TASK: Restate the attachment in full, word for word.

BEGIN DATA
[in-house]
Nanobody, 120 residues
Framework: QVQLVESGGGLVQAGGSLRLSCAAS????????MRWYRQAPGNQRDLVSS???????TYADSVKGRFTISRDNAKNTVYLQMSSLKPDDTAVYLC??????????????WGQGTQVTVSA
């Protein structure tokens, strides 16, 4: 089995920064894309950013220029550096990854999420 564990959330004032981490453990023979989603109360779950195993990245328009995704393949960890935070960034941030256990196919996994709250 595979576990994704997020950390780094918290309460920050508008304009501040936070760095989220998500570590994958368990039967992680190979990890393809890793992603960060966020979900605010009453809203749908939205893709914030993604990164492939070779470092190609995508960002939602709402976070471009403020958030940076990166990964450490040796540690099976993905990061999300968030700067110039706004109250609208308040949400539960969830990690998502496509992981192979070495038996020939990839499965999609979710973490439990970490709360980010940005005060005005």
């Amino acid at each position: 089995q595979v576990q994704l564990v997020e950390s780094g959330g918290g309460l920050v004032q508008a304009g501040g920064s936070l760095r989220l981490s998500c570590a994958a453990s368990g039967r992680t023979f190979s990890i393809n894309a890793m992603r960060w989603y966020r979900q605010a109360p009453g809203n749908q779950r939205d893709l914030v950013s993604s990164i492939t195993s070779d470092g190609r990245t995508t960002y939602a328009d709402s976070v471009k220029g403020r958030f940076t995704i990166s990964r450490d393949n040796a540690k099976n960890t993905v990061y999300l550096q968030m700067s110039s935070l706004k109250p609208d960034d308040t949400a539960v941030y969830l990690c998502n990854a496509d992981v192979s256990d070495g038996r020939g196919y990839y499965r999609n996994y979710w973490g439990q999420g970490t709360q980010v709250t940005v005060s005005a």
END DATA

[in-house]
Nanobody, 120 residues
Framework: QVQLVESGGGLVQAGGSLRLSCAAS????????MRWYRQAPGNQRDLVSS???????TYADSVKGRFTISRDNAKNTVYLQMSSLKPDDTAVYLC??????????????WGQGTQVTVSA
């Protein structure tokens, strides 16, 4: 089995920064894309950013220029550096990854999420 564990959330004032981490453990023979989603109360779950195993990245328009995704393949960890935070960034941030256990196919996994709250 595979576990994704997020950390780094918290309460920050508008304009501040936070760095989220998500570590994958368990039967992680190979990890393809890793992603960060966020979900605010009453809203749908939205893709914030993604990164492939070779470092190609995508960002939602709402976070471009403020958030940076990166990964450490040796540690099976993905990061999300968030700067110039706004109250609208308040949400539960969830990690998502496509992981192979070495038996020939990839499965999609979710973490439990970490709360980010940005005060005005």
């Amino acid at each position: 089995q595979v576990q994704l564990v997020e950390s780094g959330g918290g309460l920050v004032q508008a304009g501040g920064s936070l760095r989220l981490s998500c570590a994958a453990s368990g039967r992680t023979f190979s990890i393809n894309a890793m992603r960060w989603y966020r979900q605010a109360p009453g809203n749908q779950r939205d893709l914030v950013s993604s990164i492939t195993s070779d470092g190609r990245t995508t960002y939602a328009d709402s976070v471009k220029g403020r958030f940076t995704i990166s990964r450490d393949n040796a540690k099976n960890t993905v990061y999300l550096q968030m700067s110039s935070l706004k109250p609208d960034d308040t949400a539960v941030y969830l990690c998502n990854a496509d992981v192979s256990d070495g038996r020939g196919y990839y499965r999609n996994y979710w973490g439990q999420g970490t709360q980010v709250t940005v005060s005005a």